One was Lord Strange, who became Earl of Derby. He belonged to the Stanley family, whose power-base was in Lancashire, a part of England famous for clinging to Catholicism. His cousin Sir William Stanley was a notorious traitor, who after years of stalwart military service to Elizabeth had handed the Dutch town of Deventer over to the Spanish and formed a regiment in the King of Spain’s service. Lord Strange was a problem for the Government. As a Lancashire official he did his job of naming and fining recusants. Ostensibly, he was loyal. Yet he was high in the line of succession, and Catholic exiles saw him as a likely figurehead in the event of a coup. The Earl of Northumberland, too, was very near the throne. He was an occultist and scholar, and collected the works of Giordano Bruno. Northumberland’s friend was Walter Ralegh; their coterie was sceptical, intellectual. They had the kind of enquiring minds a precarious regime detests.

One of Nicholl’s most interesting lines of investigation follows the work of Frances Yates, and concerns Giordano Bruno’s visit to England in 1583. Bruno was protected by Henri III of France; while in England, he may have proffered a distinctive Valois solution to Europe’s problems. On the one hand was an intransigent, narrow-minded Protestantism; on the other, the Jesuitical, proselytising Catholicism of the Counter-Reformation. Might there be a third way – another way of looking at God? Bruno’s dream was of something more spiritually and intellectually attractive than the aggressive dogmas which dominate the age. There is no space, in his tightly constructed book, for Nicholl to explore Bruno’s mysticism, or the shifting frontier between mysticism and science; nor can he do more than advert to John Bossy’s theory that Bruno was spying for Walsingham. If he was, Nicholl argues, it did not help his notions gain currency; Walsingham was interested in the man and his links with the French Embassy, not in Bruno’s wider message. Nicholl suggests that it was in the Northumberland-Ralegh circle that Bruno’s ideas lingered on, after his extravagant presence was withdrawn. They may have lingered on, too, in the mind of a playwright looking for a model for Dr Faustus.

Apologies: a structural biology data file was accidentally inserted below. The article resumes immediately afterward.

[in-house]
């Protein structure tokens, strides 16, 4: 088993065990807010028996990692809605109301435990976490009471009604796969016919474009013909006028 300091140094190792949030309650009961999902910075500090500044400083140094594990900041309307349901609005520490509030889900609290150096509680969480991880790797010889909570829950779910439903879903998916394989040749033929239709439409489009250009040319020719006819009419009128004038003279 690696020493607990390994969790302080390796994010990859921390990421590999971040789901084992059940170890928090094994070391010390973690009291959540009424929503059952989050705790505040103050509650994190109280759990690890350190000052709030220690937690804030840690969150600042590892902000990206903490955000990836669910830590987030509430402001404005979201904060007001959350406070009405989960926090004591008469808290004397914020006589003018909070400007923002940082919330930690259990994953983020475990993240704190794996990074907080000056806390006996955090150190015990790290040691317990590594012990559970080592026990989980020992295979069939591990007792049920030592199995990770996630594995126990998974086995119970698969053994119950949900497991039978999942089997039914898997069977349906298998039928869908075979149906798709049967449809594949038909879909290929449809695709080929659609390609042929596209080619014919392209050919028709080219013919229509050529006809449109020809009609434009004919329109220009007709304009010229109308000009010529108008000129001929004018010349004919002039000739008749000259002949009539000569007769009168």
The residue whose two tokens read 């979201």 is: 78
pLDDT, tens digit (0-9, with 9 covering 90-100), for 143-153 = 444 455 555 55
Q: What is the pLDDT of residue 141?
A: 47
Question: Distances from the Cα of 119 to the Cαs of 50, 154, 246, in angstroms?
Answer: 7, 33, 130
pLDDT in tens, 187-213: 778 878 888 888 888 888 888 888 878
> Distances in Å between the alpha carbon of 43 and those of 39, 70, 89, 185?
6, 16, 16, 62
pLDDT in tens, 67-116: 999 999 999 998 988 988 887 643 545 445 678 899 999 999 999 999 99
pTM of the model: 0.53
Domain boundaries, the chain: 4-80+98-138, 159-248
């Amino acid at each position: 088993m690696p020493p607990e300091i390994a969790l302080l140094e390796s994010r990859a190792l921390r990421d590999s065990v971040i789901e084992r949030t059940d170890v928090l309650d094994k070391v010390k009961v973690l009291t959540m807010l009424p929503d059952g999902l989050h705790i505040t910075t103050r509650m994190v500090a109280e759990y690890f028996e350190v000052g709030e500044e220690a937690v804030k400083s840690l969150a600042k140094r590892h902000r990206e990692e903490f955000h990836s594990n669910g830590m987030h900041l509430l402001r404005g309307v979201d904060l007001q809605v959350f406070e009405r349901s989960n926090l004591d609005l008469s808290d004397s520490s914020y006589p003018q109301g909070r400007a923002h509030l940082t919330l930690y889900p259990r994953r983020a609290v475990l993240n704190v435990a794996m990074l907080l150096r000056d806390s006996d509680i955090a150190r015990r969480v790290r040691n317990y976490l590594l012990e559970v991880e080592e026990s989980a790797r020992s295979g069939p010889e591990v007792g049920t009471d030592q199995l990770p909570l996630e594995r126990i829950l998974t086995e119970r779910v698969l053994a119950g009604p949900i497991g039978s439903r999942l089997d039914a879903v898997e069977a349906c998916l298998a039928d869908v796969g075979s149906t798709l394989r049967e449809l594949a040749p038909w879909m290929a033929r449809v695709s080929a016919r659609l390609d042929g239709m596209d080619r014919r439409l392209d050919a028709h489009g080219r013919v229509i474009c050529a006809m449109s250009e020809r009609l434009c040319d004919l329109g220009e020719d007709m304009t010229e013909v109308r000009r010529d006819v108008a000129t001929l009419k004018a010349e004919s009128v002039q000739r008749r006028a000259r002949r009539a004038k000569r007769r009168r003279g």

One cannot say that the Government was simply too hard-headed for Bruno’s ideas to take hold. They were alchemists, too, when it suited them. Edward Kelley, a famous spirit-medium and an assistant of John Dee, the occultist, geographer and mathematician, was one of Lord Burghley’s agents in Prague, where there was a set of expatriate, feebly plotting Catholics. Burghley applied to him hopefully for some of his ‘tincture’, for it would have been very useful for the war-weary economy if the Lord Treasurer had a starter-potion for turning base metal into gold. ‘Our gold is not the common gold,’ the alchemists used to say. But Burghley had missed the spiritual dimension of the science. Common gold was what he was after. He also asked Kelley for a cure for his gout.

To men of this mentality, religion was the servant of the state. It kept the masses quiet – such men acknowledged, in that respect, the atheist’s objection to faith – and it also provided a touchstone of allegiance. It was said that Ralegh, for instance, belonged to no religion. Kit Marlowe, informers said, had ‘read him the atheist lecture’. And Marlowe was a well-known scoffer, who would say (in his cups, perhaps) that Jesus and Saint John were lovers, that ‘the first beginning of religion was only to keep men in awe.’ Where church and state are in alliance, atheism is treason.